Enterococci bacteria are the bane of hospitals, causing thousands of multidrug-resistant infections in patients each year. Now, researchers have traced evidence of the bacteria's evolutionary history back 425 million years and theorize that the same traits that allow the bacteria to thrive in hospitals likely emerged when they were carried onto land in the guts of the world's first terrestrial animals. The study was funded in part by the National Institute of Allergy and Infectious Diseases (NIAID), part of the National Institutes of Health (NIH).
Researchers at the Massachusetts Eye and Ear Infirmary, Harvard Medical School, and the Broad Institute of MIT and Harvard examined DNA from 24 species of enterococci, taken from the guts of a wide variety of animal and human hosts. The team calculated the average rate of genetic change within enterococcal species and compared genes of existing enterococci to those of related, non-enterococci bacteria. The analysis allowed the researchers to build an evolutionary timeline to estimate when key enterococci traits emerged. They then checked this timeline against the fossil record of terrestrial animal evolution.
All enterococci sampled were resistant to a common set of stresses -- including antibiotics, disinfectants, drying and starvation -- suggesting that the ancestors of all enterococci also shared these abilities. Enterococci appear to have developed these traits at around the same time that terrestrial animal life evolved. The researchers theorize that the ancestors of all enterococci lived in the guts of prehistoric aquatic animals, and as their hosts left the sea around 425 million years ago, the bacteria were carried along. Simultaneously, they evolved the traits needed to survive introduction into the harsher environment of dry land.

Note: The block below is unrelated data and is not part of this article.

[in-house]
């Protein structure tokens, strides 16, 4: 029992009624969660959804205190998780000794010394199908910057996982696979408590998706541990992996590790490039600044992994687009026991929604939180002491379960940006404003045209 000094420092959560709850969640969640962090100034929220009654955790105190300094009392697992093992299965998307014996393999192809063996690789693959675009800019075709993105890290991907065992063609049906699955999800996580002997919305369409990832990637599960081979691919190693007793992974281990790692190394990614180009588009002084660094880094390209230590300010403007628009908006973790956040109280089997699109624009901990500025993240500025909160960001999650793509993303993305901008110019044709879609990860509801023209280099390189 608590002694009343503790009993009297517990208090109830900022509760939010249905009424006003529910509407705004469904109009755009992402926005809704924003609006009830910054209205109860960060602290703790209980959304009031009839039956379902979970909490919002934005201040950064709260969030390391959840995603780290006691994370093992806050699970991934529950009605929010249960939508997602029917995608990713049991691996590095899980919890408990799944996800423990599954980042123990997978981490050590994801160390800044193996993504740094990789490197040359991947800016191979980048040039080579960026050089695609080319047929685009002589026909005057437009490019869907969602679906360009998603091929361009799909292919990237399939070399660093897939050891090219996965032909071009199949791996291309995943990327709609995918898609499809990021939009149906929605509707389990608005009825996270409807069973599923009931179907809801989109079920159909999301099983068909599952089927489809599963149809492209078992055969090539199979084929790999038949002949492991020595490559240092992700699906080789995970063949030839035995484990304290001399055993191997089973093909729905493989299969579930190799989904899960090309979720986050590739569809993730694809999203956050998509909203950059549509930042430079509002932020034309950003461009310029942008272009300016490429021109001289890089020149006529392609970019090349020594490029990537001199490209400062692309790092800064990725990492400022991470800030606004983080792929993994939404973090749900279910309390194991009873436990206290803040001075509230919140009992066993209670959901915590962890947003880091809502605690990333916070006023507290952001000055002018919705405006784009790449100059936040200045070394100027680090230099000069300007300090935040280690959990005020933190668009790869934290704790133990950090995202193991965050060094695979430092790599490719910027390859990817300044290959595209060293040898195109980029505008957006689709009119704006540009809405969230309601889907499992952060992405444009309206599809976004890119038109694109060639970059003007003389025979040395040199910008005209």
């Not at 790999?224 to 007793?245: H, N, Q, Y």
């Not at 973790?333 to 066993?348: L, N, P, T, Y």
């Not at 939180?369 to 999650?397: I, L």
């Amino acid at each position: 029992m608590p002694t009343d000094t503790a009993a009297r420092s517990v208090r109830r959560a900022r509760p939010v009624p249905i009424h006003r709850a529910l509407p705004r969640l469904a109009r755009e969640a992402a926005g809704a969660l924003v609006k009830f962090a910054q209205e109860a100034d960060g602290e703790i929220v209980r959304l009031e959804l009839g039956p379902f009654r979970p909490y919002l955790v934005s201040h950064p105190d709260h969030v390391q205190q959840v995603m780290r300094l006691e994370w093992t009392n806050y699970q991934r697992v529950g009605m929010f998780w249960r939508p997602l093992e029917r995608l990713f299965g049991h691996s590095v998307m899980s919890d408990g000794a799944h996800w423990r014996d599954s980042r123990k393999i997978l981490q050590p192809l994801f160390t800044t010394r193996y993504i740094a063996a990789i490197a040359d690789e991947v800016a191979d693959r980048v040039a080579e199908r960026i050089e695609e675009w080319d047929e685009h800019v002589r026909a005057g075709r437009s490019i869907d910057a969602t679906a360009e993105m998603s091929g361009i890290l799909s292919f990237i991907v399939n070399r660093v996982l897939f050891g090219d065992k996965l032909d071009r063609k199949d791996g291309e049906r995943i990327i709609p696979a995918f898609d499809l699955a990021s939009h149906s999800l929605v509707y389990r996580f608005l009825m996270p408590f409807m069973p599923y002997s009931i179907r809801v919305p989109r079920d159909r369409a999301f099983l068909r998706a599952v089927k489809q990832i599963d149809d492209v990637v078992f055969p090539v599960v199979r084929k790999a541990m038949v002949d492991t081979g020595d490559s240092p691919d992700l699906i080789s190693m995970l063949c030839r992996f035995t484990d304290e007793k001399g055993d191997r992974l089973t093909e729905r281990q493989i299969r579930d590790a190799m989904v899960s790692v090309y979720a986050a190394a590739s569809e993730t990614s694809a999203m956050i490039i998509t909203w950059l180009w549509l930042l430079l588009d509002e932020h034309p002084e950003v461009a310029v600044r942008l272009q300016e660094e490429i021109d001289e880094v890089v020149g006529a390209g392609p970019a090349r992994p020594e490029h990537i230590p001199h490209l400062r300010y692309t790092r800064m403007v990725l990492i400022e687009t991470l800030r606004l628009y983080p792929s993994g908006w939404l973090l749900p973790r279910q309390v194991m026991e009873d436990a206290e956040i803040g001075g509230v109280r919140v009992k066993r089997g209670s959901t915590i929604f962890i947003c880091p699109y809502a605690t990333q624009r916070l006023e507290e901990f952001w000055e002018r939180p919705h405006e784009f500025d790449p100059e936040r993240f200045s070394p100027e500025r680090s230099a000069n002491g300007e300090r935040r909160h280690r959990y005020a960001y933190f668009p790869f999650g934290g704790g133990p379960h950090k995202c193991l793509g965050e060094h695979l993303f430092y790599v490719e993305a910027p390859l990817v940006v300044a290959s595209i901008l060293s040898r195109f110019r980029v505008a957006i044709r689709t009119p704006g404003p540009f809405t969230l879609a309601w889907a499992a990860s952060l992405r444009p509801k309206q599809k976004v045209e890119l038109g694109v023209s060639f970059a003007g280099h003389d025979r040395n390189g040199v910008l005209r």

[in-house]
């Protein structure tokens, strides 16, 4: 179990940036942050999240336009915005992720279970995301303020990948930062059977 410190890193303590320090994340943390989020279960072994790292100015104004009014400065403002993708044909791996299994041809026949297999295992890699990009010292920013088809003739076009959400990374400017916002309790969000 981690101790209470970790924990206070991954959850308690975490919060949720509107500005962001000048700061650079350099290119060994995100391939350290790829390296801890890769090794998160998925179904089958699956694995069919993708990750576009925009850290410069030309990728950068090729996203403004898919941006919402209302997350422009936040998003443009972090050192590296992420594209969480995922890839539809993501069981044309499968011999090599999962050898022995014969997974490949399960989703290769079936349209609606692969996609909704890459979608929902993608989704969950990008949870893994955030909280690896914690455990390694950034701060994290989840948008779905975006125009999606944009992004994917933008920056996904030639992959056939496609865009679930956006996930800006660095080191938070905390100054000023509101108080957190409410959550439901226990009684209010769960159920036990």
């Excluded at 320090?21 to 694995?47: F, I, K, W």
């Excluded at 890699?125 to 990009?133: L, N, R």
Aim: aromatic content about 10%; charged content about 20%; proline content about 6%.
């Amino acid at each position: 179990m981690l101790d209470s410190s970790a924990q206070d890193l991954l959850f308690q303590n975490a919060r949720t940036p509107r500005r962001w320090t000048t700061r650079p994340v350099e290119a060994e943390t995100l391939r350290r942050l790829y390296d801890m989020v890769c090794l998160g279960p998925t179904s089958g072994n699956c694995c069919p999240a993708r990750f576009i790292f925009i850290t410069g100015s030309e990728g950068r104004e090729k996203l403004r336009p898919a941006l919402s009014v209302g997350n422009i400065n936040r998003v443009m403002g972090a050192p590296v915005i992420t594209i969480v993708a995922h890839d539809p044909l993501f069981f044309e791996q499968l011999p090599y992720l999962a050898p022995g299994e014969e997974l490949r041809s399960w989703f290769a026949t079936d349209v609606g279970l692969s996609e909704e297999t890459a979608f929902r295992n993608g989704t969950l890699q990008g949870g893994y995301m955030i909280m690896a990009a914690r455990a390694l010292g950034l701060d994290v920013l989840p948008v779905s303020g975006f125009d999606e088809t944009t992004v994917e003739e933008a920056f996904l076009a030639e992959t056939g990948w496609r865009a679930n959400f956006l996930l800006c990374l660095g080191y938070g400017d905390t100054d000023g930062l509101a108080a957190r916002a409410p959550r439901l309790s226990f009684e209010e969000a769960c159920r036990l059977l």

The researchers note that while their model is difficult to prove, it does partially explain the ability of enterococci to survive in hospital environments: they have long been equipped to thrive in a wide range of challenging environments. Having a better sense of what prompted the bacteria to evolve these abilities, the researchers say, could help control enterococci as the bacteria continue to circumvent hospital infection control methods.
F Lebreton, et al. "Tracing the enterococci from Paleozoic origins to the hospital." Cell DOI: 10.1016/j.cell.2017.04.027 (2017).
Liliana Brown, Ph.D., program officer in the Office of Genomics and Advanced Technologies, and Clayton Huntley, Ph.D., Antibacterial Resistance program officer in the Bacteriology and Mycology Branch, both in NIAID's Division of Microbiology and Infectious Diseases, are available for interviews.
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